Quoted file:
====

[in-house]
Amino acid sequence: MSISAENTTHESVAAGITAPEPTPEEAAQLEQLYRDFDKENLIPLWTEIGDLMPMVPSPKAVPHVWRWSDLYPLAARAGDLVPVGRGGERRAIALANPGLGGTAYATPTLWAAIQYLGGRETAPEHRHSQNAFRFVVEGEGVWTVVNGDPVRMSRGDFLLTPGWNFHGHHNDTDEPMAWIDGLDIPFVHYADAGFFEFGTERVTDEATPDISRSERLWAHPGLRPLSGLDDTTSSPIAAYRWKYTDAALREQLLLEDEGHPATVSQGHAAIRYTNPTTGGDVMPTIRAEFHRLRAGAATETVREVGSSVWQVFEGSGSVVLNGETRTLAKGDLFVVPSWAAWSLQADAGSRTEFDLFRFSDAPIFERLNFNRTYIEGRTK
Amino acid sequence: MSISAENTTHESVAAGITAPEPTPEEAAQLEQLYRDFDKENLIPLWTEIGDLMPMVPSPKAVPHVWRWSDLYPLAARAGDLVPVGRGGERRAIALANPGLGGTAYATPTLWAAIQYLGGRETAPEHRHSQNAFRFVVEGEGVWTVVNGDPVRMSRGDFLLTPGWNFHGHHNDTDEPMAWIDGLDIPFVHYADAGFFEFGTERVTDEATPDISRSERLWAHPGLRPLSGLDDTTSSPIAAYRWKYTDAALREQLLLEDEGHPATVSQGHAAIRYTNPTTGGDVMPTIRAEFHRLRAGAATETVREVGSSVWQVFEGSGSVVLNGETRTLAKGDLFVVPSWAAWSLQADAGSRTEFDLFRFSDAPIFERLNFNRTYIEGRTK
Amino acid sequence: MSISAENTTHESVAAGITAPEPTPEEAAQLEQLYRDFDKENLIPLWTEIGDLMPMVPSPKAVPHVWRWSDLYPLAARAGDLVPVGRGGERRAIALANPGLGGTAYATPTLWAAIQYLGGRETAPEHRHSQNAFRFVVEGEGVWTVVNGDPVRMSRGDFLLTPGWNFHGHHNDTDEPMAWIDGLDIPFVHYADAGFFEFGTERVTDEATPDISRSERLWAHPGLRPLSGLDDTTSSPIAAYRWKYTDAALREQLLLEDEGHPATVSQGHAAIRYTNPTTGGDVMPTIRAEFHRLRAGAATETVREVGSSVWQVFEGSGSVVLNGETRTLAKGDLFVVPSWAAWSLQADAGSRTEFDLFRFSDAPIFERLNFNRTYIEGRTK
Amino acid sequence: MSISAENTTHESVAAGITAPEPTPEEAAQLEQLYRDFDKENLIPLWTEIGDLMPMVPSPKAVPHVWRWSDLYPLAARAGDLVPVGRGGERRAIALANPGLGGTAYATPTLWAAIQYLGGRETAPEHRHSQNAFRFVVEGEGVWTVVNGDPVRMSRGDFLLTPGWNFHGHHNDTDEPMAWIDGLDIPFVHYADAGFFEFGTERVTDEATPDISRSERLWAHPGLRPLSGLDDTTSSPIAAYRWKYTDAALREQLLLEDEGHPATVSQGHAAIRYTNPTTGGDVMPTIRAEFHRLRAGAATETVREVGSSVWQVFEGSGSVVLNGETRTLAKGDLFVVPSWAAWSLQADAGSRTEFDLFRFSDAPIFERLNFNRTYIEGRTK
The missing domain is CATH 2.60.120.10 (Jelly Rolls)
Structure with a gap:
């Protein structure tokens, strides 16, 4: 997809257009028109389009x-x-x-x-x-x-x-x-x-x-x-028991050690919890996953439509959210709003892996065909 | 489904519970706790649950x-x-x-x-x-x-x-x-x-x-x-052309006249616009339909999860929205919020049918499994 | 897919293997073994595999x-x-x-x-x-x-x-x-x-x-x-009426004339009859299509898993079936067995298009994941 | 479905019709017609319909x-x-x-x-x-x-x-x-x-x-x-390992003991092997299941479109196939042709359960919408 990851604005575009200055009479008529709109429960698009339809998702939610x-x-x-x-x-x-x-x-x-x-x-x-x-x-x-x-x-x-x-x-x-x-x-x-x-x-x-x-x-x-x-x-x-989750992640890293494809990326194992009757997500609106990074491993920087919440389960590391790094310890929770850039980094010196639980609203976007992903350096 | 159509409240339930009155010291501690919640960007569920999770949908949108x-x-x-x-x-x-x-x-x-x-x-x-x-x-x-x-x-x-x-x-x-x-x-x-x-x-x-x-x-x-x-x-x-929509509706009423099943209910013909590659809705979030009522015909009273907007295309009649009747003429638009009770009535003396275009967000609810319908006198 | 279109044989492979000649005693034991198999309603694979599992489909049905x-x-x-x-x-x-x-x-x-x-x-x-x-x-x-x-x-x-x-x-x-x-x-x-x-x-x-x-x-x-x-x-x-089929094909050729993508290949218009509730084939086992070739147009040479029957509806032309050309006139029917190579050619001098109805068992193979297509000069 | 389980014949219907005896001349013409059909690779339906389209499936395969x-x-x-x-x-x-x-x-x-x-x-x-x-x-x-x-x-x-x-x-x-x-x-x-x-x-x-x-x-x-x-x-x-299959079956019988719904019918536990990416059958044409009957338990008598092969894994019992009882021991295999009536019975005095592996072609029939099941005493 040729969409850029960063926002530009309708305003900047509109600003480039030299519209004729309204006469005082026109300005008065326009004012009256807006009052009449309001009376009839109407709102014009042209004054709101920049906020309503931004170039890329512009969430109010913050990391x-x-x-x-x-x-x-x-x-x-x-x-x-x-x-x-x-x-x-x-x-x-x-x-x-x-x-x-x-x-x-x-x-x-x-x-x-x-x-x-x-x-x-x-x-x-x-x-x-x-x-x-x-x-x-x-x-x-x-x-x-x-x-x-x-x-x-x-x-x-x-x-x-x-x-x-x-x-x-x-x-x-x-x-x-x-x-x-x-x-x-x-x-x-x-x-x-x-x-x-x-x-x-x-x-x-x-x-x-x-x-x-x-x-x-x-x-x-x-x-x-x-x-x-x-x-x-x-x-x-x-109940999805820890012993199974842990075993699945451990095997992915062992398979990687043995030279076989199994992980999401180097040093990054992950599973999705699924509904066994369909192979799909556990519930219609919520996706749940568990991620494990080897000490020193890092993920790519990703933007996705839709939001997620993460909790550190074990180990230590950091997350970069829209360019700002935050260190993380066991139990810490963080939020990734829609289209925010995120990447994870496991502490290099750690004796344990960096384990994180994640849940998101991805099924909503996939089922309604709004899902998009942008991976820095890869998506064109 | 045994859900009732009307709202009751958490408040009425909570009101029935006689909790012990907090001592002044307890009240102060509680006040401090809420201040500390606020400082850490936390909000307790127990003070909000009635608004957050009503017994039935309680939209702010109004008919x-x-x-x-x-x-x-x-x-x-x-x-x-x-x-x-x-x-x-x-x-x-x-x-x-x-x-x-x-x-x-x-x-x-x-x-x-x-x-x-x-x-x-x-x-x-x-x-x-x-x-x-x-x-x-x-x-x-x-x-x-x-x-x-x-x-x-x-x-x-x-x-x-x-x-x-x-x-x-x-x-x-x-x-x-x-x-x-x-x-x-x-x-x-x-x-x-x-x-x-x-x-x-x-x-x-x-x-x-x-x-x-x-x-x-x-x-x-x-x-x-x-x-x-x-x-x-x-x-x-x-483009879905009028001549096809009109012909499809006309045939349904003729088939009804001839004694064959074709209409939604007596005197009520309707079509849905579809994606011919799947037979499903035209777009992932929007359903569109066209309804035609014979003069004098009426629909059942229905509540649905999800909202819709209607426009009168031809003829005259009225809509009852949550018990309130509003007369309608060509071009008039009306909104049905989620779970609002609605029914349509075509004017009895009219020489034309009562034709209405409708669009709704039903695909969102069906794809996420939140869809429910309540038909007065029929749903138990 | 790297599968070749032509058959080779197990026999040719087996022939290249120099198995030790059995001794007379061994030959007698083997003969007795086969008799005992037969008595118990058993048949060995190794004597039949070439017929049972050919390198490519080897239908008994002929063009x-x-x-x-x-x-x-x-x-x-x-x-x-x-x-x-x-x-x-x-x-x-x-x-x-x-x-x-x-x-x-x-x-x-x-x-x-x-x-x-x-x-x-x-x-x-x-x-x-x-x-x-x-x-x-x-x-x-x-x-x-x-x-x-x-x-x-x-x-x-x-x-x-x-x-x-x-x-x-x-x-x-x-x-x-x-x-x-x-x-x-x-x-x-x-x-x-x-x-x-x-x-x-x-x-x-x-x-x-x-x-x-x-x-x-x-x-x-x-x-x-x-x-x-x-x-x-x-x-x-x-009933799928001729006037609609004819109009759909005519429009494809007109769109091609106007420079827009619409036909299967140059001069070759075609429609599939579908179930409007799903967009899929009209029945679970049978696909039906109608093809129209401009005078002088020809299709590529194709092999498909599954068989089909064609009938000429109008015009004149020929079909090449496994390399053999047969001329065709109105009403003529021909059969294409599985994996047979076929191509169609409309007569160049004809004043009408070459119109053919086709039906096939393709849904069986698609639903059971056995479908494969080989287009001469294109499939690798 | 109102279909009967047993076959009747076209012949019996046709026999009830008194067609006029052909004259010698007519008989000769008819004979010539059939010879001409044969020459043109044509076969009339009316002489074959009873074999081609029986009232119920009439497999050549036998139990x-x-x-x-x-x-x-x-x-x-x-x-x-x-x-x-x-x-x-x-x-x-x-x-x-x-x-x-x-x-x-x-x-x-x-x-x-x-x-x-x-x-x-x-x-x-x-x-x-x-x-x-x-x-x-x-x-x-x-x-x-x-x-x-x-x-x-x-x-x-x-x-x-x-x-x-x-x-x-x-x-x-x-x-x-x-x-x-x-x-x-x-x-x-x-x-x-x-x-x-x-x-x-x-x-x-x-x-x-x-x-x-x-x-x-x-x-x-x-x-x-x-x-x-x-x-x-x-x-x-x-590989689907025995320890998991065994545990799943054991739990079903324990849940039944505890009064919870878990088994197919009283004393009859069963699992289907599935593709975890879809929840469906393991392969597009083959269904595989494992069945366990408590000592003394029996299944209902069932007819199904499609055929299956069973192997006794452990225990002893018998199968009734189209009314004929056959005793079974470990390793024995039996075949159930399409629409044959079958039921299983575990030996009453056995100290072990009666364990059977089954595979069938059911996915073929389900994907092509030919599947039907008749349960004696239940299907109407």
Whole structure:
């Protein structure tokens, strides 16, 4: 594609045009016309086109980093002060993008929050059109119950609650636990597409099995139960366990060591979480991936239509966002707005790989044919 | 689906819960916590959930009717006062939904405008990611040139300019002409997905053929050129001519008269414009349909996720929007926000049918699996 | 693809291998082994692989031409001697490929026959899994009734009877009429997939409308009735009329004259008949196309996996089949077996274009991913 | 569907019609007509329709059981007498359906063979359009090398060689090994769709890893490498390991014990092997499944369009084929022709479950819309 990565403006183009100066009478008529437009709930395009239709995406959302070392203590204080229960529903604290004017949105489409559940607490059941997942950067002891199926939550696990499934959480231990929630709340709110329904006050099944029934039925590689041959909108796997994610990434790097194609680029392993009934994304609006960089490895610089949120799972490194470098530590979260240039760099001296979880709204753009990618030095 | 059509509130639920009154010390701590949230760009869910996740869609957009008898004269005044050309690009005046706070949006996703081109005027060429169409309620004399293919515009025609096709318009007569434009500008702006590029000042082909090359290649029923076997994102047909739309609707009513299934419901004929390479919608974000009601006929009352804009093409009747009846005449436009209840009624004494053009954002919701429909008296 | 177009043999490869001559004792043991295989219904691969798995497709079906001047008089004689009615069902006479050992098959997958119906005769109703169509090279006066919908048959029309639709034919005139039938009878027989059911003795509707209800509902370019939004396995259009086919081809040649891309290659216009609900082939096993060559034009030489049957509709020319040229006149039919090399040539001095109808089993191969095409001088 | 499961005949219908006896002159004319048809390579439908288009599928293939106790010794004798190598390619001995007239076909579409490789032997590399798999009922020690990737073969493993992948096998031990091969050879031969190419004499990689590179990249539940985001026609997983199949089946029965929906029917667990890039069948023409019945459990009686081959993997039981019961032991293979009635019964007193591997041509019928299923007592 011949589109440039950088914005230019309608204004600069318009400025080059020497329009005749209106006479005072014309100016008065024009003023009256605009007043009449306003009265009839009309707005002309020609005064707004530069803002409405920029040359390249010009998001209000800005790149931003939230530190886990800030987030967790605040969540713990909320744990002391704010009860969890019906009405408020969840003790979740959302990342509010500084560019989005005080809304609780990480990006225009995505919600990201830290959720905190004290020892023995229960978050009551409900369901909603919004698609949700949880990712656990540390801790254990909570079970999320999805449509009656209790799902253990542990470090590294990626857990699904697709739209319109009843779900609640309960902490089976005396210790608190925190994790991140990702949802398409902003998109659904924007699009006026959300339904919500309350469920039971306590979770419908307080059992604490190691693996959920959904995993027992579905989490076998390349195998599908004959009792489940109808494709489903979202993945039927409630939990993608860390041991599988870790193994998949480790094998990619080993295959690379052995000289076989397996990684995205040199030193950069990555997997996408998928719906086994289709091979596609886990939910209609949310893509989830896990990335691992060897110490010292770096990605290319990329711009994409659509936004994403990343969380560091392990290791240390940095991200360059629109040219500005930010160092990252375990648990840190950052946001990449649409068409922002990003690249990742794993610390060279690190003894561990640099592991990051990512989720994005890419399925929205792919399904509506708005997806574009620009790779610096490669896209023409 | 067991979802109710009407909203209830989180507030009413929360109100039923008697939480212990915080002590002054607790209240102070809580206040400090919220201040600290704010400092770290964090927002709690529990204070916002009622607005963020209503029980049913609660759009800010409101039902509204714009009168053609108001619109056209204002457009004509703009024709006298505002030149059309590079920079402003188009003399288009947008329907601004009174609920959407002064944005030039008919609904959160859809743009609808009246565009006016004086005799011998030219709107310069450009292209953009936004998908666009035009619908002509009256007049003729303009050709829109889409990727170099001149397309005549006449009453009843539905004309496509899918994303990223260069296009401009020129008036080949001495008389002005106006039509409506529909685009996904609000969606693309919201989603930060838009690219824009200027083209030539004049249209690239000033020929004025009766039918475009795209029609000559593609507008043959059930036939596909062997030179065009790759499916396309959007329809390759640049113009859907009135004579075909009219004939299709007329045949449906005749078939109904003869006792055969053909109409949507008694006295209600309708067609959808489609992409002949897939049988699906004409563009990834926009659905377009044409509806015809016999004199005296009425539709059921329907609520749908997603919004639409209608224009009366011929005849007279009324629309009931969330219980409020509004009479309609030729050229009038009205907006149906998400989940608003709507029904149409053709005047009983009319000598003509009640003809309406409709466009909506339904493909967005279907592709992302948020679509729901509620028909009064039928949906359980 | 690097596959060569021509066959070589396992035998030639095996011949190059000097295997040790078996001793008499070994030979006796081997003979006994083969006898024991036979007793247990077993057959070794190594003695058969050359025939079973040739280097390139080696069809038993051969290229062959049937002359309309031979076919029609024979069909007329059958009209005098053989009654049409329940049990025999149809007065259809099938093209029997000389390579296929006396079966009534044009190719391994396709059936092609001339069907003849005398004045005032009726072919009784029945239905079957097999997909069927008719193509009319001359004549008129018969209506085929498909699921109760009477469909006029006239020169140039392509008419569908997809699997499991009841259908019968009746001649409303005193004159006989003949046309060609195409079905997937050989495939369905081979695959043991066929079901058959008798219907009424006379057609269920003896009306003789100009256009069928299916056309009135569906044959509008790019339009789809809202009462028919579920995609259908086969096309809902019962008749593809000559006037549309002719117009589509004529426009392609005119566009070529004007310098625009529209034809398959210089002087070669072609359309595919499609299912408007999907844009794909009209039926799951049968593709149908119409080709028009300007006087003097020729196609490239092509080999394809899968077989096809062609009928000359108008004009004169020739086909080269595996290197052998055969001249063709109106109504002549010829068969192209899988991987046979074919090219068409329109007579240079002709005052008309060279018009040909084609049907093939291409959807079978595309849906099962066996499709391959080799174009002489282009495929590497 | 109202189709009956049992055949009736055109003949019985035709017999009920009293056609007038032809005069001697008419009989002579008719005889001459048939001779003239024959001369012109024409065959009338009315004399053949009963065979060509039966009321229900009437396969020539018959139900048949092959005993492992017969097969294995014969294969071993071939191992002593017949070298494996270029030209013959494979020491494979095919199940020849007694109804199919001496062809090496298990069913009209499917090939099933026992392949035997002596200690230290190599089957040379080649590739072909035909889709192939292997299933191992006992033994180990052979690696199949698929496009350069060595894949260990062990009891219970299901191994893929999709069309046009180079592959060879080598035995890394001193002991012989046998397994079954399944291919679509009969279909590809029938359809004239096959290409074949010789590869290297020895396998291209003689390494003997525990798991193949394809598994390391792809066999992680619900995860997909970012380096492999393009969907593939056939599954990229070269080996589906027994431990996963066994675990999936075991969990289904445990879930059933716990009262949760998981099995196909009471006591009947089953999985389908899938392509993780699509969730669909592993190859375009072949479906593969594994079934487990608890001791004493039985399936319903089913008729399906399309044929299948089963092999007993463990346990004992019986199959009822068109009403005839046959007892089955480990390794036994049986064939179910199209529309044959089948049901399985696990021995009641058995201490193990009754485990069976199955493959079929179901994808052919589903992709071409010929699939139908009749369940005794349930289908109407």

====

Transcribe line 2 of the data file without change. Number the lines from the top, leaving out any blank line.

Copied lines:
Amino acid sequence: MSISAENTTHESVAAGITAPEPTPEEAAQLEQLYRDFDKENLIPLWTEIGDLMPMVPSPKAVPHVWRWSDLYPLAARAGDLVPVGRGGERRAIALANPGLGGTAYATPTLWAAIQYLGGRETAPEHRHSQNAFRFVVEGEGVWTVVNGDPVRMSRGDFLLTPGWNFHGHHNDTDEPMAWIDGLDIPFVHYADAGFFEFGTERVTDEATPDISRSERLWAHPGLRPLSGLDDTTSSPIAAYRWKYTDAALREQLLLEDEGHPATVSQGHAAIRYTNPTTGGDVMPTIRAEFHRLRAGAATETVREVGSSVWQVFEGSGSVVLNGETRTLAKGDLFVVPSWAAWSLQADAGSRTEFDLFRFSDAPIFERLNFNRTYIEGRTK